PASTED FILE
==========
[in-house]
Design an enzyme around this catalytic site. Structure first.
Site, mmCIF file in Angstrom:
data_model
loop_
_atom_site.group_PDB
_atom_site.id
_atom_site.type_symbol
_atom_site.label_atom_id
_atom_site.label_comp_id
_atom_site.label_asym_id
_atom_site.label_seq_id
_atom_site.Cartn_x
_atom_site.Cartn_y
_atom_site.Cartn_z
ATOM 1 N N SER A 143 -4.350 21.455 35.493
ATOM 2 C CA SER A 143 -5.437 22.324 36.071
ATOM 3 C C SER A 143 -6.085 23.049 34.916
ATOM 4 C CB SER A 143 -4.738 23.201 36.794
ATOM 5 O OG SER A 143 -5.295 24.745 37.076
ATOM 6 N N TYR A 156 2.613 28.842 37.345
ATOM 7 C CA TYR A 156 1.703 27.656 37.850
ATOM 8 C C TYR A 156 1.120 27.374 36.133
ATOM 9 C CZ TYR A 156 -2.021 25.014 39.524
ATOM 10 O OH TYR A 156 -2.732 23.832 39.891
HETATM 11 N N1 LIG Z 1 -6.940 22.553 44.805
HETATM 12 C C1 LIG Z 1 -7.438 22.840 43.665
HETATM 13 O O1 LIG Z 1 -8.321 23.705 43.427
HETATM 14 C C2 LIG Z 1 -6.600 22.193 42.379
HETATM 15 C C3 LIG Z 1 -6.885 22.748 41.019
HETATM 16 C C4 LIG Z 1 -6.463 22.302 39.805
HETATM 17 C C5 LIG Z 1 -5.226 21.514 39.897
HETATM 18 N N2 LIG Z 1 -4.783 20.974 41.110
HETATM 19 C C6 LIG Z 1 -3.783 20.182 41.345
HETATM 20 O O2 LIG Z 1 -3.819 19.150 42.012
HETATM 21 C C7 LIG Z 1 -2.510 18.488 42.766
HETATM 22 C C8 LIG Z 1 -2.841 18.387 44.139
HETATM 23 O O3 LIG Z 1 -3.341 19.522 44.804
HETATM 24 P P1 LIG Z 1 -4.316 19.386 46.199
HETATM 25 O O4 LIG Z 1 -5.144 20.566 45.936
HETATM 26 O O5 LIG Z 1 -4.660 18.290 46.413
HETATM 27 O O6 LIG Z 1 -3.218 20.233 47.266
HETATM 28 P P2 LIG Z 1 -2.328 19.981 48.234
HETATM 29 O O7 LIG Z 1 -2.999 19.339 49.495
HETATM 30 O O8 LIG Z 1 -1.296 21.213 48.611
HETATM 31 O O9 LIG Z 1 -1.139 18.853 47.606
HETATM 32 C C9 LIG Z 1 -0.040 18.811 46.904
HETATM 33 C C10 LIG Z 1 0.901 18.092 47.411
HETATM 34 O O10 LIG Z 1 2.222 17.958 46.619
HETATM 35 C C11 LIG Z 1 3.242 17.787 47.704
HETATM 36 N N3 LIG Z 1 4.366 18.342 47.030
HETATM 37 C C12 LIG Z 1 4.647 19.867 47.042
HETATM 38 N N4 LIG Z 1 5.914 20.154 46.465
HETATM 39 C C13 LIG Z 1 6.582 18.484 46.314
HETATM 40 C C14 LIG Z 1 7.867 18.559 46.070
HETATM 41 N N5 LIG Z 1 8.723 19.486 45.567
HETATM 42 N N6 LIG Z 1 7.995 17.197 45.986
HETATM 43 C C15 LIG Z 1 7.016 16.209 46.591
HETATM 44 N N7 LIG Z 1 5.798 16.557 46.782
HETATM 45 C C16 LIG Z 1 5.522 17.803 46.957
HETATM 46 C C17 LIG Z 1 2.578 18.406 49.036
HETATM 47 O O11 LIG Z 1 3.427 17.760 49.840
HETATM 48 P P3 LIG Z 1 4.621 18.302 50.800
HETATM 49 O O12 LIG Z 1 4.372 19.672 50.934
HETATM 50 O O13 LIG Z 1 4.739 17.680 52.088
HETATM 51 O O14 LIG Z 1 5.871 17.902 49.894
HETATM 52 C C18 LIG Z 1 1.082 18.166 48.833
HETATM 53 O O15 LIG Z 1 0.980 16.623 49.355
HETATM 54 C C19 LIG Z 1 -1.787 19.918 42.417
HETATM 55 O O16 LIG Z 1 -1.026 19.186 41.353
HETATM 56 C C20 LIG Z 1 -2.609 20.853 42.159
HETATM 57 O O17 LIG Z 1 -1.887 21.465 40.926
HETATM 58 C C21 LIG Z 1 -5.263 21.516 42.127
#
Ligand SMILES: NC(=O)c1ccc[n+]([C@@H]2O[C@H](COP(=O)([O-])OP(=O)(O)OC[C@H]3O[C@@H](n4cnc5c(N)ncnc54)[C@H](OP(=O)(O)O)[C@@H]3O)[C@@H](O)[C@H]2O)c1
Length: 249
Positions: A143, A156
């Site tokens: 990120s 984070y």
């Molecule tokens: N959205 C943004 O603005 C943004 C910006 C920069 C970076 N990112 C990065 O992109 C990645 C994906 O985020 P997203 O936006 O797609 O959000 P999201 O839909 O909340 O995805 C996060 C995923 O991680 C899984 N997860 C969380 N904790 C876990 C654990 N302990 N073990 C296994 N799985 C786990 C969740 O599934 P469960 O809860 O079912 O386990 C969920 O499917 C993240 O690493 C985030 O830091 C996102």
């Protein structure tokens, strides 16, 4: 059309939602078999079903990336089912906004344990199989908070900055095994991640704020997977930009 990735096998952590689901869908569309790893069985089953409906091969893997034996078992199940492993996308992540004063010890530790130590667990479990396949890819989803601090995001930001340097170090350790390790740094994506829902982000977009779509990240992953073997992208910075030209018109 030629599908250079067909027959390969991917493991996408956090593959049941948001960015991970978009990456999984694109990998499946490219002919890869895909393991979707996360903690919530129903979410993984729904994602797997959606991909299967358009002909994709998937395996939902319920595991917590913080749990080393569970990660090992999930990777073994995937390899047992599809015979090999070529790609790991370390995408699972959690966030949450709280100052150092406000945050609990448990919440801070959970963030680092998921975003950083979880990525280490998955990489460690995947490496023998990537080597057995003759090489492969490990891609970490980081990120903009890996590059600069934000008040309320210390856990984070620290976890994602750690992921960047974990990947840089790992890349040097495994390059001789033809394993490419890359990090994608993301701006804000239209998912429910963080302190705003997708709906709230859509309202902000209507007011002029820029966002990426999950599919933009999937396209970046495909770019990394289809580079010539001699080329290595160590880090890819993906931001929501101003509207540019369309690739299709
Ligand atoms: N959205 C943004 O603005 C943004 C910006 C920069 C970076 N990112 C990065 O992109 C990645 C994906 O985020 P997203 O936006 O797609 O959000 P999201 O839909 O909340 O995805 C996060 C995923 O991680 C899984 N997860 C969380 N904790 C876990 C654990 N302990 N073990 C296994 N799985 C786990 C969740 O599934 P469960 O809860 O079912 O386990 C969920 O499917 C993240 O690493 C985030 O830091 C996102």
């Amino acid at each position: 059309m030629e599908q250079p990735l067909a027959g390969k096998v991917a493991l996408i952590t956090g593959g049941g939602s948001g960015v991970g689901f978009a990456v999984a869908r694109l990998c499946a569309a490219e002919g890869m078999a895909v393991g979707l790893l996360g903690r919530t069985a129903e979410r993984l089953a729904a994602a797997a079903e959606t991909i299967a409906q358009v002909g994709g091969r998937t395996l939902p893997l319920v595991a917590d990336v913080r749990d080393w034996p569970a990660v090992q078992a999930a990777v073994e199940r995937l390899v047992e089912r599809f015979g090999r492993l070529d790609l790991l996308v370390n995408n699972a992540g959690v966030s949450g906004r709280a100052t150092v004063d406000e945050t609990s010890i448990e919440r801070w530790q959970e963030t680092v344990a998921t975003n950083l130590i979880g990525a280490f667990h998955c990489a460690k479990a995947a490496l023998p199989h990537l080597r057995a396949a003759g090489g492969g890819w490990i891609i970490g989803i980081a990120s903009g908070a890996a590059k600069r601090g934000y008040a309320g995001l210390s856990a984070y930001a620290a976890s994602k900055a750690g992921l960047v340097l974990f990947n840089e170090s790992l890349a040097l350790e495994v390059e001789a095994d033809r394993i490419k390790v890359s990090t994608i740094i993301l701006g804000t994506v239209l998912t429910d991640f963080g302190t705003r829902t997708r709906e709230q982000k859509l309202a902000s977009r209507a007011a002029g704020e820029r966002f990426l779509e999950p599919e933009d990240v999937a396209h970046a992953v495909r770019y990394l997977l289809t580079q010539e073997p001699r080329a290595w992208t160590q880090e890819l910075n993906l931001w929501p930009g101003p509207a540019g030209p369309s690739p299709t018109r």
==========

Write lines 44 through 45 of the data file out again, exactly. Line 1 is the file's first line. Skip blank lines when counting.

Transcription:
HETATM 29 O O7 LIG Z 1 -2.999 19.339 49.495
HETATM 30 O O8 LIG Z 1 -1.296 21.213 48.611